by Austin Bay
March 3, 2015
On March 3, 2015 several thousand mourners in Moscow attended a memorial service for former Russian deputy Prime Minister Boris Nemtsov.
Late on the evening of Feb. 27, the 55-year-old Nemtsov and his Ukrainian girlfriend walked across a bridge not far from the Kremlin. As a snowplow passed, an assassin (perfectly positioned) fired four bullets into Nemtsov. The snowplow obscured the view of the closed circuit television security camera monitoring the bridge. The assassin leaped into a car, which sped away.
Though Nemtsov served in Boris Yeltsin's rocky yet hope-inspiring government, the mourners of March 3 didn't traipse to Red Square to honor the deceased Russian political leader. In death's repose, Nemtsov made a statement. His body lay in state at Moscow's Andrei Sakharov Museum and Public Center (for Peace, Progress and Human Rights).
Sakharov was a Russian physicist, Soviet-era dissident and 1975 Nobel Peace Prize laureate. The Center's collection contains displays devoted to documenting the Soviet Union's totalitarian dystopia and -- yes -- endemic evil.
The permanent exhibits have names that sketch the USSR's wretched history. One is particularly relevant: "Resistance to Unfreedom in the Soviet Union."
In December 2014, the Russian Ministry of Justice designated the Sakharov Center a "foreign agent." The Moscow Times reported that human rights activists vehemently objected to the designation. Soviet-era Kremlin propagandists used "foreign agent" as a synonym for "enemy spy."
According to his friends, Nemtsov was certainly no "foreign agent." He was something of a bon vivant -- he liked good wine, beautiful women and sharp clothes. However, he also possessed an especially admirable and historically vital character trait: personal courage.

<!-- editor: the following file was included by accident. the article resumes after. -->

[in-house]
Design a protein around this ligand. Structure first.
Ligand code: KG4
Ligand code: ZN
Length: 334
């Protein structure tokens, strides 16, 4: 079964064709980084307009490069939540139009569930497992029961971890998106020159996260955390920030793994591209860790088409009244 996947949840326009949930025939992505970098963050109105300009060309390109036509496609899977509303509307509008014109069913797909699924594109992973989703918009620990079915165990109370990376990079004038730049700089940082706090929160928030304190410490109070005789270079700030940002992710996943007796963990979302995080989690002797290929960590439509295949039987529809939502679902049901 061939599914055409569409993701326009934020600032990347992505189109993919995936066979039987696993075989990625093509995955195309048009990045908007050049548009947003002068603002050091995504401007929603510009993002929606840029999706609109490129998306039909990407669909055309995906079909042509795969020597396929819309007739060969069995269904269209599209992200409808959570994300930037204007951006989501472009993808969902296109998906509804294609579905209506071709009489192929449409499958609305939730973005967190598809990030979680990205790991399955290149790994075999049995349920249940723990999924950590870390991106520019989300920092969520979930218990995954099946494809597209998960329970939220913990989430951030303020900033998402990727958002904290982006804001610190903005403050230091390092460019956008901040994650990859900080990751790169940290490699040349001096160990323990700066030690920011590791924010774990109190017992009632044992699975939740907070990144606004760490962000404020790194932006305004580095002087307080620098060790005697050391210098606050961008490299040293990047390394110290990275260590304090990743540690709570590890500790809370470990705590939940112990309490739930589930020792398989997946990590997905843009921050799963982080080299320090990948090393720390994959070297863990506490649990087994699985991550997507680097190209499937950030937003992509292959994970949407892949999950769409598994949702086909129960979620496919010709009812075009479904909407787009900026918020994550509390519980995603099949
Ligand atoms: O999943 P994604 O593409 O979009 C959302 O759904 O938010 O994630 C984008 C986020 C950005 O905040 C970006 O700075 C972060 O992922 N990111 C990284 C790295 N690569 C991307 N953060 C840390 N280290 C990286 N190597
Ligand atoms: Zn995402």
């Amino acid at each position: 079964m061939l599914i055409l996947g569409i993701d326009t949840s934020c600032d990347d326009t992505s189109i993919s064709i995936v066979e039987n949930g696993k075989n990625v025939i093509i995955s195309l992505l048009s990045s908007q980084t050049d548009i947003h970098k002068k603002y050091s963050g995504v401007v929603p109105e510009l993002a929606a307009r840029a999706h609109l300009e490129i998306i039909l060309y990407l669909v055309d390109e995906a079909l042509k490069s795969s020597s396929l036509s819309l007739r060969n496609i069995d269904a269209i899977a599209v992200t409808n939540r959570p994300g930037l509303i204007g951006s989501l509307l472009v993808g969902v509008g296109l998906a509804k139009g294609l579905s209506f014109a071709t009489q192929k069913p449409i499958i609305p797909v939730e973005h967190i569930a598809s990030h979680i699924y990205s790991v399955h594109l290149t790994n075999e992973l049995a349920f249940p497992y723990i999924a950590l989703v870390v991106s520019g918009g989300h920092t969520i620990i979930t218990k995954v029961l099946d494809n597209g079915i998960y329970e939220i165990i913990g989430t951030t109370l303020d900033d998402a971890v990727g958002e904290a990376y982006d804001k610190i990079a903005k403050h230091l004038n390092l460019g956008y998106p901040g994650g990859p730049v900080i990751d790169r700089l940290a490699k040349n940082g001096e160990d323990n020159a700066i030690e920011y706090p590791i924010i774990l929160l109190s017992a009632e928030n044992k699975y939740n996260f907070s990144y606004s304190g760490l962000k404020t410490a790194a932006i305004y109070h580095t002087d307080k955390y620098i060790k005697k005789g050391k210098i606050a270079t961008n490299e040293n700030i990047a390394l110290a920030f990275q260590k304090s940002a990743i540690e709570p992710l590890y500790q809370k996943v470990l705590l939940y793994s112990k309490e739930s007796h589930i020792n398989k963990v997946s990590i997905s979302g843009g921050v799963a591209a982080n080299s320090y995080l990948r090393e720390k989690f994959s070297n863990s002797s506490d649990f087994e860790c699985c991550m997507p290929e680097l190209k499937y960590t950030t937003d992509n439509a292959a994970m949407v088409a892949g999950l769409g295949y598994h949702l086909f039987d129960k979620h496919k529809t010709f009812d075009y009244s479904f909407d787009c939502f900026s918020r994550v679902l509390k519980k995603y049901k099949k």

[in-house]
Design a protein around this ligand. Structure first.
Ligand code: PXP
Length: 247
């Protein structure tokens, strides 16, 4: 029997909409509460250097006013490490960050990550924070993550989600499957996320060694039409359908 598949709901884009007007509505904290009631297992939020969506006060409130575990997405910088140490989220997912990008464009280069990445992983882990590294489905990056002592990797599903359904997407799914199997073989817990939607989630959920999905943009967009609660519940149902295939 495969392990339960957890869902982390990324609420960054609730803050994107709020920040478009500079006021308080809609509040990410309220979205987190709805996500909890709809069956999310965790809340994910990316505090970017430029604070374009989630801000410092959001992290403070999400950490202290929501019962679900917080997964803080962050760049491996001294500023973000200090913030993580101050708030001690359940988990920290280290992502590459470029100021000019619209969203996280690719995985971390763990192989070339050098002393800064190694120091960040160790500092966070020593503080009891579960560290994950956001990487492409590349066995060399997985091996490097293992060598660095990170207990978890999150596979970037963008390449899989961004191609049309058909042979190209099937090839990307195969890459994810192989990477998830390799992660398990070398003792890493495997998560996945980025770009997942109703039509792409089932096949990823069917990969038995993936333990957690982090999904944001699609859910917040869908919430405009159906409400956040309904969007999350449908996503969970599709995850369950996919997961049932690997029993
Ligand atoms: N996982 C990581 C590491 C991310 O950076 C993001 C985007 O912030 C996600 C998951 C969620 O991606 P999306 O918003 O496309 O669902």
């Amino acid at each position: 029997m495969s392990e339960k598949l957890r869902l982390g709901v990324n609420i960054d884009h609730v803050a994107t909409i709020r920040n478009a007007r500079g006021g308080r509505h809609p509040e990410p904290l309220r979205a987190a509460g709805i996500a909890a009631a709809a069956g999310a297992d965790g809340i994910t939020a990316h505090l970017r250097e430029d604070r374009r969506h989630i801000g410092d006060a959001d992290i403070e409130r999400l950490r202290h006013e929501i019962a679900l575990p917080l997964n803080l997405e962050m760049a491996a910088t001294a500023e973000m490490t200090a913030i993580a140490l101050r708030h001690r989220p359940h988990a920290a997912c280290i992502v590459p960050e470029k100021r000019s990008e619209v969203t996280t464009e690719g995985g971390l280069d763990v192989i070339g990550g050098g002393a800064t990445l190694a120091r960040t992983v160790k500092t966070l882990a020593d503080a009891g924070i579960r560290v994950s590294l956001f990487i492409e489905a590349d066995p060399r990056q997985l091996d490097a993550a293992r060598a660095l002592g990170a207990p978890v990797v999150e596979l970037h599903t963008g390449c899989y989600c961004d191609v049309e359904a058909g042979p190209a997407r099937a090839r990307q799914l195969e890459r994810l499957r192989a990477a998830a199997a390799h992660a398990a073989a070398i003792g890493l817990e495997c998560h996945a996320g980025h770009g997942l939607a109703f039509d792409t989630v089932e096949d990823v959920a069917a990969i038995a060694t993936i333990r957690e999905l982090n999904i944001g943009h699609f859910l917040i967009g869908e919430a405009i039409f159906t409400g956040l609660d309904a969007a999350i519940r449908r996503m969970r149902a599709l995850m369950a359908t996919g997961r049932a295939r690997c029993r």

In the crony-ridden and corrupt Russia run by dictator Vladmir Putin, Nemtsov's courage and charisma cost him his life.
Nemtsov had the nerve to publicly oppose Putin. He argued Kremlin corruption was denying the Russian people democracy and economic modernization. The end of the Cold War and the collapse of the Soviet Union had seeded hope for political and economic freedom in the very land that for seven decades claimed Communism would bury these bourgeois Western notions.
Nemtsov had the courage to start a Russian democratic crusade. On March 1, he planned to lead a pro-democracy demonstration in Moscow. He also promised to reveal to the press new details of Russian Army involvement in Ukraine -- details that would expose Putin as a sociopathic liar.
Russian soldiers have talked with Western reporters, so I doubt these revelations were earth-shattering. But here is the political dynamite: Nemtsov was a charismatic Russian patriot challenging Putin on his home turf.
Hence his murder. Nemtsov told his friends he was being followed by state security agents. Where, oh, where on Feb. 27 were the police who tailed him? The Christian Science Monitor opined that "it's hard to imagine that his killing could go unnoticed (by policemen watching him)."
Indeed. Now explain the provident snowplow obscuring the camera as the assassin fires and makes a quick escape. Mere coincidence or professional choreography? This precision has the operational characteristics of Soviet-era KGB "wet work." Wet work is slang for cold-blooded assassination.
Putin is arguably the biggest beneficiary of Nemtsov's death. His murder sends this message to would-be Russian freedom fighters: opposition to Putin no longer means risking vicious personal attacks and a stint in jail. Opposition risks death.
This is the Soviet Union Sakharov condemned. Former-KGB colonel Putin has bewailed the collapse of the Soviet Union as the 20th century's greatest historical tragedy.
Putin has now assured the world that he will personally direct the investigation into Nemtsov's murder and will find out who killed him.
Putin's 21st-century Russian tragedy deserves its own wing at the Sakharov Center.